The correlation between the IRGscore and subtype classification
PCA algorithms were utilized to calculate the IRGscore for each TLE patient according to the expression of 33 differentially expressed IRGs. We compared the IRGscore in the IRGcluster (Fig. 9A) and genecluster subgroups (Fig. 9B) and found that TLE patients in the IRGcluster A and genecluster A groups had higher IRGscore values. Moreover, the relationship between IRGcluster subgroups, genecluster subgroups and the IRGscore was visualized in a Sankey diagram (Fig. 9C).
TIMP1 was associated with immune cell infiltration and immune function
Based on 33 differentially expressed IRGs in RF, SVM, IRGcluster and genecluster analyses, we found that TIMP1 was the most significant IRG associated with TLE, and it might be a potential diagnostic biomarker for TLE (Fig. 10A). We compared the expression of TIMP1 in the control group and TLE group and found that its expression was decreased in the TLE group (Fig. 10B). TLE patients were divided into a low group and high group according to the expression of TIMP1. We compared the differential immune cells in the low and high groups and found that TLE patients had higher immune cell infiltration in the TIMP1 low group than in the TIMP1 high group (Fig. 10C). Moreover, we compared the immune function score in the low and high groups and found that TLE patients had higher immune function scores in the TIMP1 low group than in the TIMP1 high group (Fig. 10D).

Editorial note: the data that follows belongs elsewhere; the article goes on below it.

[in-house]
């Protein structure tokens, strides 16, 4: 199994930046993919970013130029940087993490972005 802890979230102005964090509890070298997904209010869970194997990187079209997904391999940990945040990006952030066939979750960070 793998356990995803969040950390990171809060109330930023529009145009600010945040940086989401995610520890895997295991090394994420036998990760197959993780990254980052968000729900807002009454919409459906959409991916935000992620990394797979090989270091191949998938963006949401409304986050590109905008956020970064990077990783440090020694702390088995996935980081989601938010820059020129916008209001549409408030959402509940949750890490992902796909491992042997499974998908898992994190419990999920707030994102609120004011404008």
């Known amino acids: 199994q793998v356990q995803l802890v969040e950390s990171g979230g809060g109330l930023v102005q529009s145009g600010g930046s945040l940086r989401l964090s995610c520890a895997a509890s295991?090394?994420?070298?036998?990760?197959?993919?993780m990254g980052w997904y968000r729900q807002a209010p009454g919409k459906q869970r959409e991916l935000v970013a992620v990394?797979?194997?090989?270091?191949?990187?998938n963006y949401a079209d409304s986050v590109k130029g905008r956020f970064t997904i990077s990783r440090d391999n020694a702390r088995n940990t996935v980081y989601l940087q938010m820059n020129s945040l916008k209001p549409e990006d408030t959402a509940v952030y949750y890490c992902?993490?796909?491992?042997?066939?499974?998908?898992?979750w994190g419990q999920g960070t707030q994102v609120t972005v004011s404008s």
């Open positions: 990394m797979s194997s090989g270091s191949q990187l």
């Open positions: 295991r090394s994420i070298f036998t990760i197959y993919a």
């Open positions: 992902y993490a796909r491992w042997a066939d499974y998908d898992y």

The location and expression of TIMP1 in TLE patients and KA-induced epileptic mice
To further verify the location and expression of TIMP1 in TLE patients and KA-induced epileptic mice, immunofluorescence staining, qRT‒PCR, and western blotting were performed. We found that TIMP1 was mainly located in cortical neurons and scantly expressed in cortical gliocytes (Fig. 11A). qRT‒PCR (Fig. 11B) and western blotting (Fig. 11C) indicated that TIMP1 was decreased in the cortices of TLE patients compared with controls. Similarly, in the cortices and hippocampi (CA1 region) of KA-induced epileptic mice, TIMP1 was mainly located in cortical neurons and was scantly expressed in cortical gliocytes (Fig. 12A). Moreover, qRT‒PCR (Fig. 12B) and western blotting (Fig. 12C) indicated that TIMP1 was decreased in the cortices and hippocampi of KA-induced epilepsy mice compared with controls.
Accumulating evidence strongly indicates the relevance of inflammation in the pathophysiology of epilepsy, as inflammatory mediators are upregulated and neural inflammation is promoted, which may induce neurological pathology changes and contribute to the development of epilepsy [22, 23]. Research on epileptic patients revealed high expression of several pro-inflammatory cytokines in the serum and cerebrospinal fluid . Lines reported that the activation of NLRP1 and NLRP3 inflammasomes is involved in the development of epilepsy [25, 26]. Administration of inhibitors of the inflammasome complex such as MCC950, Ac-YVAD-cmk, CY-09, and Bay11-7082 or other drugs via small interfering RNAs protected the symptoms of epilepsy [27,28,29,30]. Neuroinflammation is usually considered to be associated with dysfunction of the BBB, and the infiltration of peripheral immune cells across the BBB has been verified in epileptic patients . However, the specific mechanisms of inflammation in epilepsy need to be further investigated. Therefore, we attempted to elucidate the specific role of IRGs in TLE and the immune microenvironment. Additionally, gene signatures related to inflammation were utilized to predict TLE.